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Lifecake automatically uploads photos to a timeline that can then be privately shared
I moved to California almost two years ago, and I have only seen my mother and sister two times since then. Meanwhile, life goes on back home, and it is hard to not feel like I am missing out on what is going on there sometimes. That is especially true during holiday season, when flight markups make going home for Thanksgiving almost impossible.
Technology does help with this somewhat, but Facebook, and other photo sharing apps, do not exactly foster a feeling of closeness.
Lifecake, an app that enables families to easily and privately share photos and videos, wants to change that. And now the company has raised $1.1 million in seed funding, it was announced Wednesday.
The round was led by Balderton Capital. The company previously raised $300,000 in angel funding from Techtopia, EC1 Capital, Tony Saigh, James Peck and Serge Alleyne, bringing its total raised to $1.4 million.
Lifecake takes photos, videos, artwork and milestones that are captured on any device, and automatically creates a timeline that can then be shared with friends and family.
The parents have complete control over who sees the timeline, and what is added, though other family members are allowed to add content if they are approved to. While photos that are marked with metadata will automatically be added to the right place in the timeline, older photos, which were taken before digital camera and smartphones, will have to added in manually.
Users get 1 gigabyte of storage for free, or can pay roughly $36 a year for 100 gigabytes of storage. Those who pay are called VIPs, or Very Important Parents (of course).
The app was developed by veterans of Skype and Yahoo, including co-founder and CEO Nick Babaian, who was the former head of Skype’s mobile product team.
"Our mission is to be part of a change we worked on at Skype," he told me in an interview. "We want to dramatically change time and distance between families. It's hard to feel close when you are so far away, so we want to make the distance feel smaller."
The money will be used to help improve the product, he said. First, to make the app simple and easy to use.
"We are catering to families, which means we have to aim for the lowest common denominator when it comes to time and tech savvy," said Babaian.
More importantly, though, it will go toward adding features that will help highlight the best content uploaded to the app.
"Wow do you separate the best stuff from the rest," he said. "There are numerous emotional elements that go into what makes it the best content, and it might not be the best looking shot or the one that is in focus. We will prioritize content based on the user interacts."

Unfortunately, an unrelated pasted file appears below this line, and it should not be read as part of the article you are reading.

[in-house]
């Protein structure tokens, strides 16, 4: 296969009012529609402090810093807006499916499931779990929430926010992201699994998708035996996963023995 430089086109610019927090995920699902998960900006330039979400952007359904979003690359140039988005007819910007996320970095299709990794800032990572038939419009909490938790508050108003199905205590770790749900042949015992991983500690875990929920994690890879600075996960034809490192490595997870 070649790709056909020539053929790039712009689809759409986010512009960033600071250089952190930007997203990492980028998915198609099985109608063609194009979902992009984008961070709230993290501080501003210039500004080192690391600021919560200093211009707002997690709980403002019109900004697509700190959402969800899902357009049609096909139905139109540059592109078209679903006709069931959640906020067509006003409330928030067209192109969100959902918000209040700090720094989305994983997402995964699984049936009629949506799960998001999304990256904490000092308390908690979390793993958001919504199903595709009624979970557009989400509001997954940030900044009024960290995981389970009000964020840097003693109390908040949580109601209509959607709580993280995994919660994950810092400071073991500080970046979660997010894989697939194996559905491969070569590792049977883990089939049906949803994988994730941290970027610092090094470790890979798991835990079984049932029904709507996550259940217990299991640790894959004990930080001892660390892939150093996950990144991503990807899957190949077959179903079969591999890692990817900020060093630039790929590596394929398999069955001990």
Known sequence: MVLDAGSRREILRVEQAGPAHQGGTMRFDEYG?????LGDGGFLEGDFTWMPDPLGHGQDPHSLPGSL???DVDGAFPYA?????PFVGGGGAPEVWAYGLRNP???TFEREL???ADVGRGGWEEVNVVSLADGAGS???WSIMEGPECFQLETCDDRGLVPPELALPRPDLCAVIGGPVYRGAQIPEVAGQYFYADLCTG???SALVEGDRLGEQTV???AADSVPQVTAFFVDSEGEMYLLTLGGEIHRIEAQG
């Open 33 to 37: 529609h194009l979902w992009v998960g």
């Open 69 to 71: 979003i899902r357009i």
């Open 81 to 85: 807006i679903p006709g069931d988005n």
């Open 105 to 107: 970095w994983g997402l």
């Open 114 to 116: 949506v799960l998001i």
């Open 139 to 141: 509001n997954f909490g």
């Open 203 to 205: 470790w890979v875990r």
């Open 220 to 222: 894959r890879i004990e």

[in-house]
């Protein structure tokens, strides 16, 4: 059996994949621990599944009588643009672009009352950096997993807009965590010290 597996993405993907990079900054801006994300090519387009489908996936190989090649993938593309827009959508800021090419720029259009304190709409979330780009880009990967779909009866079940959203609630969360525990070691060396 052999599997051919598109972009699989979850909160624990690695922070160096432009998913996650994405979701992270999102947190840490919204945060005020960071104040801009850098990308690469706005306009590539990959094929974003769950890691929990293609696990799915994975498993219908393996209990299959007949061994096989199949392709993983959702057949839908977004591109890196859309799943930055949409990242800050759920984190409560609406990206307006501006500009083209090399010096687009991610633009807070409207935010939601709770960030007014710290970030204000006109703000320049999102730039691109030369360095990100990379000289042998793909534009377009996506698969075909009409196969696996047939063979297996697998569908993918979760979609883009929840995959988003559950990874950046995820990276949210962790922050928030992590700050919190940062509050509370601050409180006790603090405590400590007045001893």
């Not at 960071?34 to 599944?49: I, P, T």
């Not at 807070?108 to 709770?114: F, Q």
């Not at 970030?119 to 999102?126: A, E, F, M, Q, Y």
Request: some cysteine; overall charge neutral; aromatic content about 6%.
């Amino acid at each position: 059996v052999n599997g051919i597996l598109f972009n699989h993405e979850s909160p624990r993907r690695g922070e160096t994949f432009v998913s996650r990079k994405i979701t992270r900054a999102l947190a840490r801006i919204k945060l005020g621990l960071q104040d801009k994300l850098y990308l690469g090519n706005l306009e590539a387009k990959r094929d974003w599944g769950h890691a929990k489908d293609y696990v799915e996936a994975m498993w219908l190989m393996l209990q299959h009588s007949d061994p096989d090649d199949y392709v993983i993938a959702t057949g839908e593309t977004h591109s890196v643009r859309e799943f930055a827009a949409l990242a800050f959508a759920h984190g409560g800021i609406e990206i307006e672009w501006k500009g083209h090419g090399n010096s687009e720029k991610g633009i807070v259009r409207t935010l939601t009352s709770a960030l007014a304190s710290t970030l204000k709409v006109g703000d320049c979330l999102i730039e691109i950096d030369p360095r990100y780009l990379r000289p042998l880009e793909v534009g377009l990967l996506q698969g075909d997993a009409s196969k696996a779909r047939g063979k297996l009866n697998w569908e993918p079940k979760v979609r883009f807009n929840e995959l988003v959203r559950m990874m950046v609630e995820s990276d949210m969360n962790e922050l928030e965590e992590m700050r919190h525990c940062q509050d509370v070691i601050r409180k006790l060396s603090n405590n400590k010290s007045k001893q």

For example, the app will be able to create physical photo books for certain people based solely on what they looked at, commented on and favorited. These 80 page books will be delivered for $50 plus shipping.
Of course, there are numerous photo-sharing apps out there, including some that cater specifically to families, like Origami, Naturally and 23Snaps. And then there are services like Dropbox, which help share files.
What sets Lifecake apart, Babaian said, is that those service are solving a different problem.
"They act like a Facebook for families, a private way to share a feed," he told me. "We want to be a place where you keep content safe, not just share it."
The other competition for Lifecake comes in the form of e-mail.
"What do our customers do today? The biggest way to share is email and external hard drives," he said.
"The vast majority don’t store in the cloud, but they will be in the next few years, and we want to be a part of that wave."
The London-based company was founded in July 2012, and is now coming out of beta. Babaian would not say how many people were now using the service, but he did say that 25% of them use it every day, and that anything upwards of 20% "is incredibly sticky."
"We want families to feel close all the time, with all of their all loved ones all the time. Even thousands of miles away," he said. "Lifecake will change our perceptions of time. It is assumed that family events in the past will feel distant, but we want to change that, and make first person stories with everyone in the family feel like they happened a few minutes ago."
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